5. Challengers (2007)
Challengers, with its tongue-in-cheek, “macho man” cover, isn’t the best New Pornographers album by any means. In fact, it’s probably their most twee and their least profound, featuring a relaxed, self-assured vibe on goofier songs such as the flute-laden, Sgt. Pepper’s-leaning “All the Things That Go to Make Heaven and Earth”.
The album’s most redeeming and memorable track, though, comes not from A.C. Newman, but from Dan Bejar on “Myriad Harbour”, a hilariously sad ode to the everyday ennui of city life. In fact, it may be as good as anything The New Pornographers or Bejar (as Destroyer) himself has ever written. “Stranded at Bleeker and Broadway/ Looking for something to do,” he whines, like someone struggling to find solace and excitement in New York’s bustling metropolis. It’s an urgent song about boredom, the only real time on the otherwise uneven Challengers where the band manages to both let their hair down and say something poignant at the same time. –Dean Essner
4. Brill Bruisers (2014)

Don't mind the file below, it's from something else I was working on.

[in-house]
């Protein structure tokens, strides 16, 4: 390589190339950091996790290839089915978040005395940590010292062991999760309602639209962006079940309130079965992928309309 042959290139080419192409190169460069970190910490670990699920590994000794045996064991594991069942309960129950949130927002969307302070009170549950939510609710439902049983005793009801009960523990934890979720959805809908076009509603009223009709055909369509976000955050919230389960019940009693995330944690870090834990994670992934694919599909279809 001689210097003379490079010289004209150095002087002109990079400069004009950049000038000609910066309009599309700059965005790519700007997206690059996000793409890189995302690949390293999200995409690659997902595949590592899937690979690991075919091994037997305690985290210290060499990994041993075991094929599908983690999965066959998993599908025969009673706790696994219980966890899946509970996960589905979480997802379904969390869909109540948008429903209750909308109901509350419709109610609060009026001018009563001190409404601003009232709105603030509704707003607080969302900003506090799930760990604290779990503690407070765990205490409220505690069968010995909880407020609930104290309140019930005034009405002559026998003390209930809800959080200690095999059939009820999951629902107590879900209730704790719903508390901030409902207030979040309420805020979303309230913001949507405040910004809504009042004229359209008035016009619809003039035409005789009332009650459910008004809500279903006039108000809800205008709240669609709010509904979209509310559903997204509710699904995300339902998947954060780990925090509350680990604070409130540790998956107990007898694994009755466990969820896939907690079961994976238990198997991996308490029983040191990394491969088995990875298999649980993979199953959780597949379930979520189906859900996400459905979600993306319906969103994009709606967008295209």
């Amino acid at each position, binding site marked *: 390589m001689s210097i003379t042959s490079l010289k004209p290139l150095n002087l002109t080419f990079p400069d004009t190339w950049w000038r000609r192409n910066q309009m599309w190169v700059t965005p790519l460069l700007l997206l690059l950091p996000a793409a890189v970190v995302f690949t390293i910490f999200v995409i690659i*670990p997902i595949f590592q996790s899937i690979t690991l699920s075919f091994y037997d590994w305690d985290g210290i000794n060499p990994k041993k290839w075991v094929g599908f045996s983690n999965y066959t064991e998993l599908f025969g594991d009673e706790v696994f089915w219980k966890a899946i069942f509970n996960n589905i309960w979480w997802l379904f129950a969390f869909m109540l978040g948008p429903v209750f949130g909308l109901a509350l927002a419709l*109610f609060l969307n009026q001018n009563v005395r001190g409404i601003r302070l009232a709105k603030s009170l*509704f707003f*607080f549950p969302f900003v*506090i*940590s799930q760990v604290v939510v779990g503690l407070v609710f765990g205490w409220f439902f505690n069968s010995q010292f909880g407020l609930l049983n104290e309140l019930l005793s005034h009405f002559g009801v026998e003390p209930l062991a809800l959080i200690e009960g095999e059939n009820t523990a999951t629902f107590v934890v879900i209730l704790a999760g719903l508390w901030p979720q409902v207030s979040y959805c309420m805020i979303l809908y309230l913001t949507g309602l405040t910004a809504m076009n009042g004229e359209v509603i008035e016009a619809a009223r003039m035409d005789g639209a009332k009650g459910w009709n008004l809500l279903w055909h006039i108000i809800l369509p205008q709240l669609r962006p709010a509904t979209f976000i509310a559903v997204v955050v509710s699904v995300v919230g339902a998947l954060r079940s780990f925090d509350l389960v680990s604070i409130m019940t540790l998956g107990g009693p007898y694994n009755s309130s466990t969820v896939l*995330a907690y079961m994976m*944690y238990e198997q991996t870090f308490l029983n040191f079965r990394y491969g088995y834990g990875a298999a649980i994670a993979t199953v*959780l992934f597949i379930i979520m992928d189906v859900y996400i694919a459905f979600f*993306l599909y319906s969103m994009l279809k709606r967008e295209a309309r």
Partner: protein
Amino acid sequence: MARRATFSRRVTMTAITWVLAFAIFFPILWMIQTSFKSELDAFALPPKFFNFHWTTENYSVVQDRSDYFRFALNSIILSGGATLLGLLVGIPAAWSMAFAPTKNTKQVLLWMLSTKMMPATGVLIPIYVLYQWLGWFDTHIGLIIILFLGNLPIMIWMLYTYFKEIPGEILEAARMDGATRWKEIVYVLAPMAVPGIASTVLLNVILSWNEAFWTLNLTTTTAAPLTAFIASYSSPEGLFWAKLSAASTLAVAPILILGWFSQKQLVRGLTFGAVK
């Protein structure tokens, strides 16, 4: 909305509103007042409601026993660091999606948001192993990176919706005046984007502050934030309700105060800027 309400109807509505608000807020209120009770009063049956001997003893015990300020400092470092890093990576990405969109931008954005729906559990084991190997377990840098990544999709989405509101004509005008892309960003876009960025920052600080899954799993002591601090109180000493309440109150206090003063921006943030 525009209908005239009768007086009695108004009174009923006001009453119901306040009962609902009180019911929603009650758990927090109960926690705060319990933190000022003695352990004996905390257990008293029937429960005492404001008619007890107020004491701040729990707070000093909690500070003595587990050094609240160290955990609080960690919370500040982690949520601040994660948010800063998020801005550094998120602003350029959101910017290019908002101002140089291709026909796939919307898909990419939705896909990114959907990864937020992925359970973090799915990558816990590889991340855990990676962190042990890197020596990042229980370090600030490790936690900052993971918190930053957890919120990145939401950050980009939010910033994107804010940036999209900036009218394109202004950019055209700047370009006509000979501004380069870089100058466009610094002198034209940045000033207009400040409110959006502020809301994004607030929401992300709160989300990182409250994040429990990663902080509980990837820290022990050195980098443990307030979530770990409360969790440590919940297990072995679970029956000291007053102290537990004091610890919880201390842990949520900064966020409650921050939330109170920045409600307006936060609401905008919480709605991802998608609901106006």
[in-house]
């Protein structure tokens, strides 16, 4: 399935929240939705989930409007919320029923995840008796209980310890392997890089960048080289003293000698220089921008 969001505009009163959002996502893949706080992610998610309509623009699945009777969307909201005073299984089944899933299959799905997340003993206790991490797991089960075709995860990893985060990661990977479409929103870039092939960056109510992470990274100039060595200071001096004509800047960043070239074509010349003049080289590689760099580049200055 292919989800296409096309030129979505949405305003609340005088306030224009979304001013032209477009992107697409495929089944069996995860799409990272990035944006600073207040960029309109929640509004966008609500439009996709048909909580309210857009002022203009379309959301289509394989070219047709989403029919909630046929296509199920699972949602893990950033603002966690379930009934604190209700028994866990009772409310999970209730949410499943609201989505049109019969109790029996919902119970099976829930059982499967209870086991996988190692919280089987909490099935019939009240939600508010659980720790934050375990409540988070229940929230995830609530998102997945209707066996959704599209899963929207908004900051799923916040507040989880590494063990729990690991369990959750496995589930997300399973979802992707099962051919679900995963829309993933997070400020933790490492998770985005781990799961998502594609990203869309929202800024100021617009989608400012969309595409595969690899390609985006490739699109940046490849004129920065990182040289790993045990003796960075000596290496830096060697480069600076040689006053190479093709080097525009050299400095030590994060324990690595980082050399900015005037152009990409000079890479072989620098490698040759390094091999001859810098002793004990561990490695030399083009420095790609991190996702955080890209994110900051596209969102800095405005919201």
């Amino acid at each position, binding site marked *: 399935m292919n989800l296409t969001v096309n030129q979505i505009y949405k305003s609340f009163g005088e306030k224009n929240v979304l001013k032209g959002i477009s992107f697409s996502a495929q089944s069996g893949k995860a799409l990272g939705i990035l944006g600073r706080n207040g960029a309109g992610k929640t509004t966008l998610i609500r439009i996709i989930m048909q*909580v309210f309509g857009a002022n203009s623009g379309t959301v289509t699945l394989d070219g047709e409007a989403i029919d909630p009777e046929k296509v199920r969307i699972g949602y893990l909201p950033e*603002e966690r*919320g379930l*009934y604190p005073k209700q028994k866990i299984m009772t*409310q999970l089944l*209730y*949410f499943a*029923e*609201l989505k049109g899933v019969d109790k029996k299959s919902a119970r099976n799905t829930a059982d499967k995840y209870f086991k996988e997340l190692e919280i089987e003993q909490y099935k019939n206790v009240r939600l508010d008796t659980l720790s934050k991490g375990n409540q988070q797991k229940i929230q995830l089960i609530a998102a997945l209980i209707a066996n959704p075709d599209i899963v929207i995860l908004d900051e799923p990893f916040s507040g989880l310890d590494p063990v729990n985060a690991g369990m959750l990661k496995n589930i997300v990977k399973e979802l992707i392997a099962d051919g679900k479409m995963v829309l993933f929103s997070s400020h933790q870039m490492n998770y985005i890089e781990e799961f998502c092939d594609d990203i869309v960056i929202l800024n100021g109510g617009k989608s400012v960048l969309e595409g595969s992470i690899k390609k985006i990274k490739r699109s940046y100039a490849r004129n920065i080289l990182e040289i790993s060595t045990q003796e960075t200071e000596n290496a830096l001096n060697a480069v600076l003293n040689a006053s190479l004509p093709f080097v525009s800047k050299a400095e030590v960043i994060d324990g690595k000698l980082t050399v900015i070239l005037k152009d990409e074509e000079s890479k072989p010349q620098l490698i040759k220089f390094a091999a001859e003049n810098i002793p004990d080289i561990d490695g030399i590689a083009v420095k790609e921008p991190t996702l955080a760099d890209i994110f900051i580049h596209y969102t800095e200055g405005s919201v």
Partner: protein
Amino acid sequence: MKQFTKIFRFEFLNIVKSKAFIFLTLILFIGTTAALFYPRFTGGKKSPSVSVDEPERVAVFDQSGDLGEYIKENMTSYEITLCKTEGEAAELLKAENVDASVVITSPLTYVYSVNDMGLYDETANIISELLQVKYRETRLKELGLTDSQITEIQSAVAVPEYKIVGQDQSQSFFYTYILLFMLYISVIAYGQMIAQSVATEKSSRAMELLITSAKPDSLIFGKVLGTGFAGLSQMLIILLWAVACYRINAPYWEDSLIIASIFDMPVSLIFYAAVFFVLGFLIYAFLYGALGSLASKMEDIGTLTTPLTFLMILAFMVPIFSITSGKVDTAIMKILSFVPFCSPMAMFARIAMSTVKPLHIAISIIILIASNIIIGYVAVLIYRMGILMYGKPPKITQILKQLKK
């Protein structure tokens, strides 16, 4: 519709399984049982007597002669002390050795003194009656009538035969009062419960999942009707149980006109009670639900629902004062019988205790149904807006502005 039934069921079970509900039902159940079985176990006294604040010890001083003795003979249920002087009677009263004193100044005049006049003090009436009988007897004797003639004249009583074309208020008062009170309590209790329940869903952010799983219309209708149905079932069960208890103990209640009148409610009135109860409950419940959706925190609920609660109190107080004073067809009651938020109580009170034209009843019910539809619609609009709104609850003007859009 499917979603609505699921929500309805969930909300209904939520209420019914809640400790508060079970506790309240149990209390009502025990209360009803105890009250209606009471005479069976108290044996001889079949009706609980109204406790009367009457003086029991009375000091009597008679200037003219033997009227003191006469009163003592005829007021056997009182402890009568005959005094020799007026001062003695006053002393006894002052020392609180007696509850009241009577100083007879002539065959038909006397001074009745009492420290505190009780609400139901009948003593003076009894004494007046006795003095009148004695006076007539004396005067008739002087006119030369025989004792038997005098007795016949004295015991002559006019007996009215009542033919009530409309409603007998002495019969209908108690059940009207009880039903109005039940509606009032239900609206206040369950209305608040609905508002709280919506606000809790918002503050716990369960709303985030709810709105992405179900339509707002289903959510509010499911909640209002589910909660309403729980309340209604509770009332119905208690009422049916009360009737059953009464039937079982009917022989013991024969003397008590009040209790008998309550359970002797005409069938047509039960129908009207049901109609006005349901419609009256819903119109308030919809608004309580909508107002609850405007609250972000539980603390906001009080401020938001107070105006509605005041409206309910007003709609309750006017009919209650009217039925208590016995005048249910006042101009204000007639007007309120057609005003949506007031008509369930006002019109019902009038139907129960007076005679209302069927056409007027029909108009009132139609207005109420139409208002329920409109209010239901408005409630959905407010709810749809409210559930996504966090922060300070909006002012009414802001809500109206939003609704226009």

After their last two albums couldn’t quite meet the unrealistically high standards that the group set for themselves so early on, there was reason to doubt that they could match those heights again. As Newman, Case, and Bejar had each grown in prominence since those early days, maybe there was just too little left in the tank for when they were together. The strong Brill Bruisers eagerly disproves that theory, opening with a title track punch the Challengers cover’s mustache man only seemed poised for. Later, “Born with a Sound” finds Bejar delivering his own highlight, a crunchier pop version of his recent Destroyer work, rough-edged guitars and guest vocalist Amber Webber’s responses coming organically to his manic runs of semi-surreal philosophy. And while Newman still stands as a de facto leader, the voices blend into one on the epic pop here as well as they have since their debut. —Adam Kivel
3. Mass Romantic (2000)
Though not necessarily engineered as a supergroup, 14 years later, the Pornos struck out boldly with so many unique, strong voices, right from the start. There really weren’t many other albums like it, so many distinct and brilliant voices producing content under a single banner, so many ideas and sounds jammed together. It was the sound of a bunch of indie brains cramming together in a telephone booth. While later albums would go on to feature a couple of writing contributions from Case and Bejar, here the trio all clearly wrote the sublime indie power pop together. Three voices spin around Bejar and Case’s “Jackie”, and “To Wild Homes” (credited to all three writers) is a cheery, cheeky exercise that rips from voice to voice. The energy, enthusiasm, and wily pop smarts on display meld the various talents of the outfit so well, an impressive volley into the spotlight. –Adam Kivel